The left claims that hydraulic fracturing, more commonly know as fracking, contaminated the water in Pennsylvania and Colorado, despite University of Texas at Austin researchers who found “no evidence” of that. Small town support for fracking is rarely talked about in the media.
At a screening of anti-fracking documentary “Gasland” in June, Alec Baldwin even claimed that fracking “causes cancer or can potentially cause cancer to an elevated number of people,” a rumor circulated around far-left sites like Daily Kos and AlterNet.
For some reason, being an actor in Hollywood makes you an environmental expert, and now Beatles legend John Lennon’s own son is joining the fray.
The new villain, same as the old villain, but with a twist.
TNT continued the Hollywood practice of condemning oil and gas in its June 12 episode of “Rizzoli & Isles.” The plot featured an ex-Blackwater agent, masquerading as a yoga guru, who kills a vegan student and a professor in order to hide his drilling for natural gas from shale. This episode was a triple decker for left-wing stereotypes.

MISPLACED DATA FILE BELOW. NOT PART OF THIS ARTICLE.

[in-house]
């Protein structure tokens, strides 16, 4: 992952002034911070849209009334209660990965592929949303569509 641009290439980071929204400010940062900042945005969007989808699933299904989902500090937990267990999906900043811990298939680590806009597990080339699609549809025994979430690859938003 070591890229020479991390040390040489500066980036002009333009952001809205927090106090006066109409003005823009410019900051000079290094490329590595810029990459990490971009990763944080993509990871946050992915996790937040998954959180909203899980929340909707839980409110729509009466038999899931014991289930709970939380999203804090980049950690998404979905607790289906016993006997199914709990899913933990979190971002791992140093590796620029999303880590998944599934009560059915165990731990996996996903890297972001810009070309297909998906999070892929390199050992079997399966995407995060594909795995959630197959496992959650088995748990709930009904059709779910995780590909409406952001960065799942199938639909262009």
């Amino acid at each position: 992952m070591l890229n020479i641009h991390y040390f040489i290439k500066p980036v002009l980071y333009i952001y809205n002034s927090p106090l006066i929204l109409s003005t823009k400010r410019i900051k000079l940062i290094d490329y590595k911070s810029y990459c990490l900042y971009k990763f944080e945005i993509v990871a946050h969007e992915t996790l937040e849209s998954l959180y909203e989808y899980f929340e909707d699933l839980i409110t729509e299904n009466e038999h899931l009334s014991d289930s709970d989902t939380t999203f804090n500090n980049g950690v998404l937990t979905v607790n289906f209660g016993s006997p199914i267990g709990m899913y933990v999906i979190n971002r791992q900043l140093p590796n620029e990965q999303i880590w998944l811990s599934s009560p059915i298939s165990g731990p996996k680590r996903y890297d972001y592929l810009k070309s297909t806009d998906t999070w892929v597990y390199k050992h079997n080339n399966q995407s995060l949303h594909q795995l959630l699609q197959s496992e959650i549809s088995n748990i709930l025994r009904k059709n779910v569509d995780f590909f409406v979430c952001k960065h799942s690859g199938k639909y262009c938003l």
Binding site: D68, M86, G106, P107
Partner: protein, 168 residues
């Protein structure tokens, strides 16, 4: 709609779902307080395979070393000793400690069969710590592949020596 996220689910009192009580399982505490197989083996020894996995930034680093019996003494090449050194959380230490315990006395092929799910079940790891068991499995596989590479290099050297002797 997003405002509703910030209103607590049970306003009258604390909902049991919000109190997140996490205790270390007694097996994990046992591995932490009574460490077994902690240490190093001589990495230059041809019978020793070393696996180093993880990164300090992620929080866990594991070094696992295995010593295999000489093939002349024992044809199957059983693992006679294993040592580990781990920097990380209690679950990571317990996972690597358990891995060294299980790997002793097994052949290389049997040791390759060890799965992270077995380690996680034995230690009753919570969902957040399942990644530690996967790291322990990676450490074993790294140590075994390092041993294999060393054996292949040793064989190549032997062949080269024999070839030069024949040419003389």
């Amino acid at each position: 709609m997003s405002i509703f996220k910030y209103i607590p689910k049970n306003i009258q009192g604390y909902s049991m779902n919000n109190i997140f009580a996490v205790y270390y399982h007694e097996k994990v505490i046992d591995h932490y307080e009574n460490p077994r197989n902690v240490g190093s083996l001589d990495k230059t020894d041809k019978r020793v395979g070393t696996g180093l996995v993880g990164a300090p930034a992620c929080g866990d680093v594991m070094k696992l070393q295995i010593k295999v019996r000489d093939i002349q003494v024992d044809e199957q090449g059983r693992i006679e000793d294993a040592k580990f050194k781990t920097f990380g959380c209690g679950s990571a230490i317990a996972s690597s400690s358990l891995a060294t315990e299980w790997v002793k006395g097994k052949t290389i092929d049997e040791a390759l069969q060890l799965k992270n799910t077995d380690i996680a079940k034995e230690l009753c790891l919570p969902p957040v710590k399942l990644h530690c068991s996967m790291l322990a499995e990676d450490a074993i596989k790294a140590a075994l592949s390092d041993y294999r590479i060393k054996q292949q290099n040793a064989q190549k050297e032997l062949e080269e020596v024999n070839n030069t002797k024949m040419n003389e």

The professor that was murdered had condemned hydraulic fracturing, also known as fracking, in a video saying, “fracking is an invasive way to extract natural gas. Proponents say it will liberate the U.S. from dependence on foreign oil. But, my research indicates it will destroy the environment.”
One of the two main characters, medical examiner Dr. Isles reinforces that idea later in the episode saying, “they pump hundreds of chemicals thousands of feet underground. It pollutes groundwater.” Even the villain ominously tells Detective Rizzoli and Dr. Isles (after tying them in their car, which is parked on a spillway) saying, “a few million gallons of water’s gonna come pouring through here. It’s pretty toxic, from all the fracking.”
The clear anti-fracking statements throughout the show are not new for Hollywood, and they leave out important facts. Researchers from the University of Texas at Austin recently concluded that “there is no evidence” of polluted drinking water caused by fracking. EPA administrator Lisa Jackson even told the Ithaca Journal, “We have absolutely no indication now that drinking water is at risk.”